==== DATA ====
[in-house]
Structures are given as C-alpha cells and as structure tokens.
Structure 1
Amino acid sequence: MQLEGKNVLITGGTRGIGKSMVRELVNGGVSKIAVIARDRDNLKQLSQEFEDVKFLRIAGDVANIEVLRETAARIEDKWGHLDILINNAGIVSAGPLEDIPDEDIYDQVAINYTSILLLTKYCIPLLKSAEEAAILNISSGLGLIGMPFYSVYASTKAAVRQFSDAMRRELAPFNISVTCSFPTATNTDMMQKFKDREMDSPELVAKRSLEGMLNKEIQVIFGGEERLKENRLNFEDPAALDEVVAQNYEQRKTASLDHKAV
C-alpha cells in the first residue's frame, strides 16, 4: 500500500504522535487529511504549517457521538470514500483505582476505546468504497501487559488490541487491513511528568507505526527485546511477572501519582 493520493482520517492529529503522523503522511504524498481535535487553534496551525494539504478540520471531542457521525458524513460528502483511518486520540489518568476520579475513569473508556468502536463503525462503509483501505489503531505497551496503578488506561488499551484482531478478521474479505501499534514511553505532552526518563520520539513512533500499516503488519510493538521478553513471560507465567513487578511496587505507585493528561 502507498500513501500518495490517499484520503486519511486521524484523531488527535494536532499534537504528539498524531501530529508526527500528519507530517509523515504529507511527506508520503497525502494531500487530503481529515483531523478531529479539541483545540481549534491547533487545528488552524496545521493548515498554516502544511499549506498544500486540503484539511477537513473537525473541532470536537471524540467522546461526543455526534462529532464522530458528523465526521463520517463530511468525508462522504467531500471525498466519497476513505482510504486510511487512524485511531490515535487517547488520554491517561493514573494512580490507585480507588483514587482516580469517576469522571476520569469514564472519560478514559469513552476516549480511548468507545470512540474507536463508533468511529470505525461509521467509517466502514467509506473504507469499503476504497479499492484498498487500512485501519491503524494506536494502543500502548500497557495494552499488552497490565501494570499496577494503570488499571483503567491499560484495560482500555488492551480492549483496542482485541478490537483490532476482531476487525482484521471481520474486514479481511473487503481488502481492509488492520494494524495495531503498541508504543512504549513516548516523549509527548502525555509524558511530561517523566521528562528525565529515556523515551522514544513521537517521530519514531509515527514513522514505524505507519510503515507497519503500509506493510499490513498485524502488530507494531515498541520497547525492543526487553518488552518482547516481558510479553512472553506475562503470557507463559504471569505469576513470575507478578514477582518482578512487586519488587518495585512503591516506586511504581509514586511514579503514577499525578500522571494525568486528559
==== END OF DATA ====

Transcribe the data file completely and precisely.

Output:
[in-house]
Structures are given as C-alpha cells and as structure tokens.
Structure 1
Amino acid sequence: MQLEGKNVLITGGTRGIGKSMVRELVNGGVSKIAVIARDRDNLKQLSQEFEDVKFLRIAGDVANIEVLRETAARIEDKWGHLDILINNAGIVSAGPLEDIPDEDIYDQVAINYTSILLLTKYCIPLLKSAEEAAILNISSGLGLIGMPFYSVYASTKAAVRQFSDAMRRELAPFNISVTCSFPTATNTDMMQKFKDREMDSPELVAKRSLEGMLNKEIQVIFGGEERLKENRLNFEDPAALDEVVAQNYEQRKTASLDHKAV
C-alpha cells in the first residue's frame, strides 16, 4: 500500500504522535487529511504549517457521538470514500483505582476505546468504497501487559488490541487491513511528568507505526527485546511477572501519582 493520493482520517492529529503522523503522511504524498481535535487553534496551525494539504478540520471531542457521525458524513460528502483511518486520540489518568476520579475513569473508556468502536463503525462503509483501505489503531505497551496503578488506561488499551484482531478478521474479505501499534514511553505532552526518563520520539513512533500499516503488519510493538521478553513471560507465567513487578511496587505507585493528561 502507498500513501500518495490517499484520503486519511486521524484523531488527535494536532499534537504528539498524531501530529508526527500528519507530517509523515504529507511527506508520503497525502494531500487530503481529515483531523478531529479539541483545540481549534491547533487545528488552524496545521493548515498554516502544511499549506498544500486540503484539511477537513473537525473541532470536537471524540467522546461526543455526534462529532464522530458528523465526521463520517463530511468525508462522504467531500471525498466519497476513505482510504486510511487512524485511531490515535487517547488520554491517561493514573494512580490507585480507588483514587482516580469517576469522571476520569469514564472519560478514559469513552476516549480511548468507545470512540474507536463508533468511529470505525461509521467509517466502514467509506473504507469499503476504497479499492484498498487500512485501519491503524494506536494502543500502548500497557495494552499488552497490565501494570499496577494503570488499571483503567491499560484495560482500555488492551480492549483496542482485541478490537483490532476482531476487525482484521471481520474486514479481511473487503481488502481492509488492520494494524495495531503498541508504543512504549513516548516523549509527548502525555509524558511530561517523566521528562528525565529515556523515551522514544513521537517521530519514531509515527514513522514505524505507519510503515507497519503500509506493510499490513498485524502488530507494531515498541520497547525492543526487553518488552518482547516481558510479553512472553506475562503470557507463559504471569505469576513470575507478578514477582518482578512487586519488587518495585512503591516506586511504581509514586511514579503514577499525578500522571494525568486528559